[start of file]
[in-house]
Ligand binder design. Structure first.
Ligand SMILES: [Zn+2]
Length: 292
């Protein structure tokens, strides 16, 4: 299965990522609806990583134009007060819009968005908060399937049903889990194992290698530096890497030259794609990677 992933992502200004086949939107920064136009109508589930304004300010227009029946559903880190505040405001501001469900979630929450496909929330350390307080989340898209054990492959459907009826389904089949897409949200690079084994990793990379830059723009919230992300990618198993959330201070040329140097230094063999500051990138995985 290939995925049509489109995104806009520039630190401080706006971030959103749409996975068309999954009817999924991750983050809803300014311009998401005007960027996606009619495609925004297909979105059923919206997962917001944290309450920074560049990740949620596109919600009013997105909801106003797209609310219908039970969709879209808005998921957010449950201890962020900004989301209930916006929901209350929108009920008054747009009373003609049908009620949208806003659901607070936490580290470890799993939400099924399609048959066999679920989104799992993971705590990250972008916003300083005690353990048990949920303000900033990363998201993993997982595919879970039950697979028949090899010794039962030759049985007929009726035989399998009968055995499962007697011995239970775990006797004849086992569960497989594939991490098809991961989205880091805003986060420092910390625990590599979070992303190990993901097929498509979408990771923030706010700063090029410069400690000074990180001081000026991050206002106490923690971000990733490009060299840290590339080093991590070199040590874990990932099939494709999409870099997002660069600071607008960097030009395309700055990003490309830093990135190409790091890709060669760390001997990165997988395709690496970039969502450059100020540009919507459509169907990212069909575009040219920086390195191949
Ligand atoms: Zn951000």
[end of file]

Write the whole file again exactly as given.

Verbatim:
[in-house]
Ligand binder design. Structure first.
Ligand SMILES: [Zn+2]
Length: 292
């Protein structure tokens, strides 16, 4: 299965990522609806990583134009007060819009968005908060399937049903889990194992290698530096890497030259794609990677 992933992502200004086949939107920064136009109508589930304004300010227009029946559903880190505040405001501001469900979630929450496909929330350390307080989340898209054990492959459907009826389904089949897409949200690079084994990793990379830059723009919230992300990618198993959330201070040329140097230094063999500051990138995985 290939995925049509489109995104806009520039630190401080706006971030959103749409996975068309999954009817999924991750983050809803300014311009998401005007960027996606009619495609925004297909979105059923919206997962917001944290309450920074560049990740949620596109919600009013997105909801106003797209609310219908039970969709879209808005998921957010449950201890962020900004989301209930916006929901209350929108009920008054747009009373003609049908009620949208806003659901607070936490580290470890799993939400099924399609048959066999679920989104799992993971705590990250972008916003300083005690353990048990949920303000900033990363998201993993997982595919879970039950697979028949090899010794039962030759049985007929009726035989399998009968055995499962007697011995239970775990006797004849086992569960497989594939991490098809991961989205880091805003986060420092910390625990590599979070992303190990993901097929498509979408990771923030706010700063090029410069400690000074990180001081000026991050206002106490923690971000990733490009060299840290590339080093991590070199040590874990990932099939494709999409870099997002660069600071607008960097030009395309700055990003490309830093990135190409790091890709060669760390001997990165997988395709690496970039969502450059100020540009919507459509169907990212069909575009040219920086390195191949
Ligand atoms: Zn951000």